In Pigalle district, Paris, a beer bar called Le Bar Fondamental (a name underlying the owners’ desire to offer a “concept” …) recently opened. Its principle is likely to inspire many other businesses. Le Bar Fondamental claims to be hand-crafted, fun and participative. The goal is set.
The venue includes four activities in a green roof and barrel bar setting. A bar, of course, serving “historic” beers, limited edition craft beers and even a “surprise” beer. Then, a micro-brewery brewing the latter and hosting every Tuesday evening and Saturday afternoon workshops aimed at introducing the art of brewing. Each participant leaves the place with fifteen homemade liters. This means that some are having their beers right next to those who are brewing them. In addition, a beer cellar wisely completes the offer and sells many different bottles and cans. Usually, new bars are focusing on creating a friendly atmosphere because they need to build up their reputation and consequently their success. By adding a sales point and an educational area to stage the place’s uniqueness, Le Bar Fondamental moves forward with a new ambition: being seen as a system.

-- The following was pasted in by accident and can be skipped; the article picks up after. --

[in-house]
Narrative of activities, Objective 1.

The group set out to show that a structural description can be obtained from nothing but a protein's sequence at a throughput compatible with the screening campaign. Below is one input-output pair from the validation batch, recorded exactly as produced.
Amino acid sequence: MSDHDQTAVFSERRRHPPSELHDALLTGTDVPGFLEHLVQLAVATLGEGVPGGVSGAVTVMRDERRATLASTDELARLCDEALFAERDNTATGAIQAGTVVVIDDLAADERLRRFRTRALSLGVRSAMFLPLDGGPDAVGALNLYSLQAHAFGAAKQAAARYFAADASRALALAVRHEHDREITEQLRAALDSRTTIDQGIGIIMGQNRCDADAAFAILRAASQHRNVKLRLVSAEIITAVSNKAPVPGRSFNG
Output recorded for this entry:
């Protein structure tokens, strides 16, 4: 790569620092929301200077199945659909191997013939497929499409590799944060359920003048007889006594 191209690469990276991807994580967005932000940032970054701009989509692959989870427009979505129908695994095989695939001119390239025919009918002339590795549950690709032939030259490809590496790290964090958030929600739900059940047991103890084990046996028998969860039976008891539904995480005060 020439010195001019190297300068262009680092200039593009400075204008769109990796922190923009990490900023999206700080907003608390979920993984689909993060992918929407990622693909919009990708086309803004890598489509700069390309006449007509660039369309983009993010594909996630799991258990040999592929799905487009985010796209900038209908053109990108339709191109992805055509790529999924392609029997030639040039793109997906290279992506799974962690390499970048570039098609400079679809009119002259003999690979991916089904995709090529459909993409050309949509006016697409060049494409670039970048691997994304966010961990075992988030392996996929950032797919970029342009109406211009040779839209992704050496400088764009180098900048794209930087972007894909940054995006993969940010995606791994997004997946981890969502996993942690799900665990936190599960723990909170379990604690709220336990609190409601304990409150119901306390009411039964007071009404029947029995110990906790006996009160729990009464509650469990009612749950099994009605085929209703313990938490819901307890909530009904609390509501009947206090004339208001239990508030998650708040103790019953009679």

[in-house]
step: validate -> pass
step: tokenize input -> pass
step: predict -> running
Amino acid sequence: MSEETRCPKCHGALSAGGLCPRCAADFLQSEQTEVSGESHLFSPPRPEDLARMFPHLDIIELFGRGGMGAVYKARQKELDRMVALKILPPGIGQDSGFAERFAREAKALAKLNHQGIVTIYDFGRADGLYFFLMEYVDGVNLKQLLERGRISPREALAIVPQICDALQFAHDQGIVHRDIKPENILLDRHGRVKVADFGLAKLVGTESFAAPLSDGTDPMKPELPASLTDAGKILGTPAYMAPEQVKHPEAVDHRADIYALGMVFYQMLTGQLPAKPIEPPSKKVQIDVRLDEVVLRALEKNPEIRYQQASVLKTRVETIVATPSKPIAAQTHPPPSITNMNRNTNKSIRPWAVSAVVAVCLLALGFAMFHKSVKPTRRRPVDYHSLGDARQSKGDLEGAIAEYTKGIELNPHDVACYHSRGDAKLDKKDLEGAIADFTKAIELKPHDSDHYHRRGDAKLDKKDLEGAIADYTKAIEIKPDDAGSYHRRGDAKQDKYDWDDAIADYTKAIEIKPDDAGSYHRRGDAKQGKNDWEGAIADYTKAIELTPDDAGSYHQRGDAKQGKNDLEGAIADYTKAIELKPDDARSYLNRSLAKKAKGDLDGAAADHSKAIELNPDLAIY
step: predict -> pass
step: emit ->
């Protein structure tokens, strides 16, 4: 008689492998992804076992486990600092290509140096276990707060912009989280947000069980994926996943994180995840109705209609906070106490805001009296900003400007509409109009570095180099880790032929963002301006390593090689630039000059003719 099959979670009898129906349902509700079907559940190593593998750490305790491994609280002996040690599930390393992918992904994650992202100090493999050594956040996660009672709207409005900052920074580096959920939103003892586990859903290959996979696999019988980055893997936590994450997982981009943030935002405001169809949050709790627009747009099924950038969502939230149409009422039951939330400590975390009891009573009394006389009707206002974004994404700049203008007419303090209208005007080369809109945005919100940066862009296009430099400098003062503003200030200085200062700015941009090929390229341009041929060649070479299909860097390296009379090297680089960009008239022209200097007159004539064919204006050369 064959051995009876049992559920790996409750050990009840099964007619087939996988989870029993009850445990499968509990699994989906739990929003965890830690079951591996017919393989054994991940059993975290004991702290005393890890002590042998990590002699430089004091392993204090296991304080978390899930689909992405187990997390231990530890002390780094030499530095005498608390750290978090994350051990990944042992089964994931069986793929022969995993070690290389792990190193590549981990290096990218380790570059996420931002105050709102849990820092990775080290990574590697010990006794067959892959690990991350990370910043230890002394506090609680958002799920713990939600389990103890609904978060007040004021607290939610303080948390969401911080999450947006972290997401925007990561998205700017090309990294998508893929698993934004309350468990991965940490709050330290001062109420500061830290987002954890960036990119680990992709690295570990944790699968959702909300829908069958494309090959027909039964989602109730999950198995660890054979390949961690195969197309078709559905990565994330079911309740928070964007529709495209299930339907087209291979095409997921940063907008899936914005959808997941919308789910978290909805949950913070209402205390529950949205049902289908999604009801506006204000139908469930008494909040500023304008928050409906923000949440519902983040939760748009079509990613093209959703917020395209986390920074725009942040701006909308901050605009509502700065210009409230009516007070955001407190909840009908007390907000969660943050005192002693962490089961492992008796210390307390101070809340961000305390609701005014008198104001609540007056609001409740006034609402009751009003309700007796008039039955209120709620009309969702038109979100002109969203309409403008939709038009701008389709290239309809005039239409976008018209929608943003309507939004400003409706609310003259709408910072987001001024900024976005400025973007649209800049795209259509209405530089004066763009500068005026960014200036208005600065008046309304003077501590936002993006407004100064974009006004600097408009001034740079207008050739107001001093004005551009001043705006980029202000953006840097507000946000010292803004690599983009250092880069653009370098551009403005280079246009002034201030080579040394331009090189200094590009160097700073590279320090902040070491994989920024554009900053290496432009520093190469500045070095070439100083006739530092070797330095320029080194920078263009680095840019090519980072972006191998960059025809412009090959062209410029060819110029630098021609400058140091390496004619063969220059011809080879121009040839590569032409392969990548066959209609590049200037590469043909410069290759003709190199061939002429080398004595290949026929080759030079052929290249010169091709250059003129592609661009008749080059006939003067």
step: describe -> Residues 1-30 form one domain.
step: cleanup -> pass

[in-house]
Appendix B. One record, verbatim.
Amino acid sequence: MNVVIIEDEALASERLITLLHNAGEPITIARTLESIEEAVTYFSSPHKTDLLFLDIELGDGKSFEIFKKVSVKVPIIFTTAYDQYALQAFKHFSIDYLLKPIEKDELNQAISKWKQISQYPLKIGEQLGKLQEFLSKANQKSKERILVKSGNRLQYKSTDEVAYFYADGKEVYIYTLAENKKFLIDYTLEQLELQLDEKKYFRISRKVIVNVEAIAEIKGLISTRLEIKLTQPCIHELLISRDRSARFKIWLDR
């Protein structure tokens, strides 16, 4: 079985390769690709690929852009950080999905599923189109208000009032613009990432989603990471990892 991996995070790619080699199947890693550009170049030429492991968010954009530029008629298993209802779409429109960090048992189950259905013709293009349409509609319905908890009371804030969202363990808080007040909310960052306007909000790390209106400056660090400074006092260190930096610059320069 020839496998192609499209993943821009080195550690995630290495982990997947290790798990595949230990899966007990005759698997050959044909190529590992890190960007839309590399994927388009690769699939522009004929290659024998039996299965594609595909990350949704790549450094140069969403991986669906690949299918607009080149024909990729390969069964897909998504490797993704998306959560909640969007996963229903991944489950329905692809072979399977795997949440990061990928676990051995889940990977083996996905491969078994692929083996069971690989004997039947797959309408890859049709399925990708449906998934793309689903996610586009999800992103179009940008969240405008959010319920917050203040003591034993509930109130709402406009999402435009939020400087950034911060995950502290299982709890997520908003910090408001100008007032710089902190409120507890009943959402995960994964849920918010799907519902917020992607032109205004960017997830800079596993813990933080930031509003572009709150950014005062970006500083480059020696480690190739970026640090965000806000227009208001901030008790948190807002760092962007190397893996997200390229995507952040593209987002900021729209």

The bar’s friendliness stimulates sharing and dissemination of a culture which will then feed and stir up consumption. What matters is no longer having just a good time, but the sense of belonging to a community. That could be relevant to many businesses, too focused on selling while their customers are expecting culture and recognition. We’re not talking of individual recognition as announced by the data prophets dreaming with hyper personalized communication. We’re talking of recognition as a member of a community set around a passion.
Brands shouldn’t neglect this sense of community because it checks many boxes: it builds loyalty, feeds curiosity, makes consumers want to come back and stimulates the desire to buy. The answer to real world businesses’ current hard time…